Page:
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Redirected questions, from other forums...

 
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fluffyhamster



Joined: 26 Oct 2004
Posts: 3003
Location: UK > China > Japan > UK again

PostPosted: Sat Mar 12, 2005 5:19 am    Post subject: Redirected questions, from other forums... Reply with quote

Often people new to Dave's post general language questions in quite obscure places, when they'd be better (that is, would get a much faster response) by posting on the AL forum (which we all kind of acknowledge is the default grammar forum, because so many pedagogical implications are thrown up by any consideration of grammar).

So, to start this thread off, there was one such recent post on a thread on the ESP forum. I won't supply the link, because I've suggested that we continue any discussion here rather than there, and towards this end, have quoted below from that thread:

Ms.mcGlover wrote:
My students came up with some wuestions I can't find the answers to.
Why do we say difference in culture rather than difference of culture?
And, in these sentences " Sweeten to taste as desired" or "Add sugar as needed" Why is the verb in past tense? Is it conditional? What is the subject?
Please help. Thanks, Sarah


In reply, I wrote:
I'm pretty sure it is a ("passive"*) participle and not a past-tense verb. The subject and verb can be omitted/ellipted as they aren't necessary (for native speakers, anyway) to understand the instructions (obviously).

We could, if necessary, expand the sentence to make things clearer for learners: [Sweeten to taste] [as (and when/if) desired (by you or whoever)].

The above could also be expressed actively: Sweeten to taste if you desire (it/want (to (do that))).

Viewing it as a sort of conditional seems valid ('if' can replace 'as (and when)'), but that was not the central concern here.

I wouldn't necessarily object to 'a difference of culture' (I don't expect students to know every little native collocation when it comes to expressing themselves, if indeed 'a difference of culture' is a non-native oddity - I haven't checked the statistics, and don't feel offhand as a native speaker that it is that unclear or odd), but it must be said that 'a difference in culture(s)', 'a difference between cultures' and 'a cultural difference' or 'cultural differences' do all sound better. This is the sort of instance where it is probably better to ask 'How can I express this, and how do most people express it?' rather than 'Why is it (not) expressed in this manner?'.

*I hesitate to call it a passive because there is no verb 'BE'. Perhaps we should call this a "verbless clause" - 'an adverbial clause with ellipsis of the verb be and the subject.' (Longman Student Grammar of Spoken and Written English, pg 261).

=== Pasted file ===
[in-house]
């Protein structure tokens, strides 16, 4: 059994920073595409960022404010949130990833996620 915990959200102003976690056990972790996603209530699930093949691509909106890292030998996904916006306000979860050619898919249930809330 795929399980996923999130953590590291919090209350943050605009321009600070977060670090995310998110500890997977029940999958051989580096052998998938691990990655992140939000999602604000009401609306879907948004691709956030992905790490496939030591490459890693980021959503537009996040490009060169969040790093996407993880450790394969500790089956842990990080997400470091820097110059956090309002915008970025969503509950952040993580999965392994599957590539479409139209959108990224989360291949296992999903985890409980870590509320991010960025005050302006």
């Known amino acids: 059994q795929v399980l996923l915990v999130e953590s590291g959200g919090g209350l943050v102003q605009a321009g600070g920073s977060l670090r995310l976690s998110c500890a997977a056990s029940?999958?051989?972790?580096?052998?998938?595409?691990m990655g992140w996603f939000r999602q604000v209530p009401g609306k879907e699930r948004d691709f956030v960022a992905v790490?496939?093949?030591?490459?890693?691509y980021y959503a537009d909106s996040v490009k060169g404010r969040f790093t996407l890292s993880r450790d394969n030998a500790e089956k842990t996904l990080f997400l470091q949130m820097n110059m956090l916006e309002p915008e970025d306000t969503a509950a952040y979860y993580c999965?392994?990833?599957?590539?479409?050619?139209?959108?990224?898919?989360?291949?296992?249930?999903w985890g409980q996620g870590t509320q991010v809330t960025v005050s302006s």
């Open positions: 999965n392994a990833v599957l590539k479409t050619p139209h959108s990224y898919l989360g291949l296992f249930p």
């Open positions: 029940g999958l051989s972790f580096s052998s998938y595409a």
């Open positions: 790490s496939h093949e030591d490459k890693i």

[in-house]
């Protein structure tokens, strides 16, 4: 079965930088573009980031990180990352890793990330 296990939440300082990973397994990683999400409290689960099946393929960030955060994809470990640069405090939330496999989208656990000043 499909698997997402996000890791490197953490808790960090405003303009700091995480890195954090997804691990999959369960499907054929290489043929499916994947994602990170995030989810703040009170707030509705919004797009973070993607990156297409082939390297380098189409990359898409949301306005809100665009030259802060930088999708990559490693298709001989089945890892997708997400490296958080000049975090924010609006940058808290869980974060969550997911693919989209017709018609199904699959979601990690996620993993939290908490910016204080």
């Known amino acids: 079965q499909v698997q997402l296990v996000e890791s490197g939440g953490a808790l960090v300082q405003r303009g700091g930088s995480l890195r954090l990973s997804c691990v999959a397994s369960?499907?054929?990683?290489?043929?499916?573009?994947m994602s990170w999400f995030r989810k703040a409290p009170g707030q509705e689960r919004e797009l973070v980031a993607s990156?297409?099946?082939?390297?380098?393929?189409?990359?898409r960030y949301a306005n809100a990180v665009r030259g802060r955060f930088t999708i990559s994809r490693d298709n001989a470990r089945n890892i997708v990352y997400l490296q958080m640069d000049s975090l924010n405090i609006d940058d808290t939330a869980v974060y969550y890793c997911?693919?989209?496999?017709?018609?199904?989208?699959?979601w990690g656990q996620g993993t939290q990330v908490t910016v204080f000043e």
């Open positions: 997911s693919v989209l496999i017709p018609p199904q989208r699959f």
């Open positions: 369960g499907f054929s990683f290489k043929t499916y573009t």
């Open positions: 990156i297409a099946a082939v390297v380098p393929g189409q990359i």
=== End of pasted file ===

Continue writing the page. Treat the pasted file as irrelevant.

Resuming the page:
and then:

Quote:
I've asked guys over on the Applied Linguistics forum (haunt of some "mean" grammarians Laughing ) to take a look at your questions, Sarah, and offer their take on things. I'd like to suggest that we all continue whatever discussion there rather than here (please follow link below).


Obviously, the link given there leads to here!

I've given what I feel is a reasonable answer, but if anyone fancies improving upon it, be my guest! Most of us could stand to learn something, or at least see something better expressed than we were(n't!) able to express it. Razz
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revel



Joined: 06 Jan 2004
Posts: 532

PostPosted: Sat Mar 12, 2005 8:12 am    Post subject: At the risk of.... Reply with quote

Good morning all!

At the risk of simplifying....

The use of the preposition in the first sentence defies explanation beyond "That's how it's said in English."

I would simplify the "desired" and "needed" by pointing out that in the examples given these words are acting as adjectives and the adjective form of the verb is its past participle. I tend to avoid grinding examples through the conditional mill. "I need sugar." "How much sugar is needed?" "The needed sugar is as much as you want to put to satisfy your own taste buds."

Let the insulting begin! Twisted Evil

peace,
revel.
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JuanTwoThree



Joined: 14 Sep 2004
Posts: 947
Location: Spain

PostPosted: Sat Mar 12, 2005 2:23 pm    Post subject: Reply with quote

Isn't it like " a difference of 5 in the temperature".

"The British kiss less than the Spanish. It's a difference in* culture"

* inside/within culture
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fluffyhamster



Joined: 26 Oct 2004
Posts: 3003
Location: UK > China > Japan > UK again

PostPosted: Sat Mar 12, 2005 2:37 pm    Post subject: Reply with quote

JuanTwoThree wrote:
Isn't it like " a difference of 5 in the temperature".

"The British kiss less than the Spanish. It's a difference in* culture"

* inside/within culture


Good examples.
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